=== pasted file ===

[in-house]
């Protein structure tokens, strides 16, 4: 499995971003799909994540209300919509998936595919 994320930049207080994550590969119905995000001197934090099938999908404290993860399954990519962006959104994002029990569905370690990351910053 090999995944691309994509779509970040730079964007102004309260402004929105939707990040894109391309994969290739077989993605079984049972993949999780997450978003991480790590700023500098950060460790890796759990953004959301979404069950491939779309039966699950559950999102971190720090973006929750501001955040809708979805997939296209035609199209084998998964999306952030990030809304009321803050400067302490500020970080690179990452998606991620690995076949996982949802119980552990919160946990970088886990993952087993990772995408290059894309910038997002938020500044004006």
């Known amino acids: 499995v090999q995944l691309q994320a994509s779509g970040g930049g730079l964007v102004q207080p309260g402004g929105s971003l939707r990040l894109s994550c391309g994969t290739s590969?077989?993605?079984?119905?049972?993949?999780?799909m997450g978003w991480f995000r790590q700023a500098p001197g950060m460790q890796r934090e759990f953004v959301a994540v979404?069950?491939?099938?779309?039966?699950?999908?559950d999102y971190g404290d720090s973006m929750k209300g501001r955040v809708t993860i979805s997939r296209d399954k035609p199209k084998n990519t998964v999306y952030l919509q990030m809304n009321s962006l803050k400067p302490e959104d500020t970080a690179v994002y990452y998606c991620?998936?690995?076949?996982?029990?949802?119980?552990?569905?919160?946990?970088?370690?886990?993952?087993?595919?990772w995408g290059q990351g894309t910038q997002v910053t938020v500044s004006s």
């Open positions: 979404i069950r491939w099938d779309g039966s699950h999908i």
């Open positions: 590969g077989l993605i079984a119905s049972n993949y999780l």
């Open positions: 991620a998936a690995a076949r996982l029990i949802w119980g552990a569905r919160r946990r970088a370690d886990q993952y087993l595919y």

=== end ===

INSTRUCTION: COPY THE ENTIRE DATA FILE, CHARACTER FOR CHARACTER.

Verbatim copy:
[in-house]
């Protein structure tokens, strides 16, 4: 499995971003799909994540209300919509998936595919 994320930049207080994550590969119905995000001197934090099938999908404290993860399954990519962006959104994002029990569905370690990351910053 090999995944691309994509779509970040730079964007102004309260402004929105939707990040894109391309994969290739077989993605079984049972993949999780997450978003991480790590700023500098950060460790890796759990953004959301979404069950491939779309039966699950559950999102971190720090973006929750501001955040809708979805997939296209035609199209084998998964999306952030990030809304009321803050400067302490500020970080690179990452998606991620690995076949996982949802119980552990919160946990970088886990993952087993990772995408290059894309910038997002938020500044004006």
């Known amino acids: 499995v090999q995944l691309q994320a994509s779509g970040g930049g730079l964007v102004q207080p309260g402004g929105s971003l939707r990040l894109s994550c391309g994969t290739s590969?077989?993605?079984?119905?049972?993949?999780?799909m997450g978003w991480f995000r790590q700023a500098p001197g950060m460790q890796r934090e759990f953004v959301a994540v979404?069950?491939?099938?779309?039966?699950?999908?559950d999102y971190g404290d720090s973006m929750k209300g501001r955040v809708t993860i979805s997939r296209d399954k035609p199209k084998n990519t998964v999306y952030l919509q990030m809304n009321s962006l803050k400067p302490e959104d500020t970080a690179v994002y990452y998606c991620?998936?690995?076949?996982?029990?949802?119980?552990?569905?919160?946990?970088?370690?886990?993952?087993?595919?990772w995408g290059q990351g894309t910038q997002v910053t938020v500044s004006s």
């Open positions: 979404i069950r491939w099938d779309g039966s699950h999908i």
């Open positions: 590969g077989l993605i079984a119905s049972n993949y999780l």
């Open positions: 991620a998936a690995a076949r996982l029990i949802w119980g552990a569905r919160r946990r970088a370690d886990q993952y087993l595919y």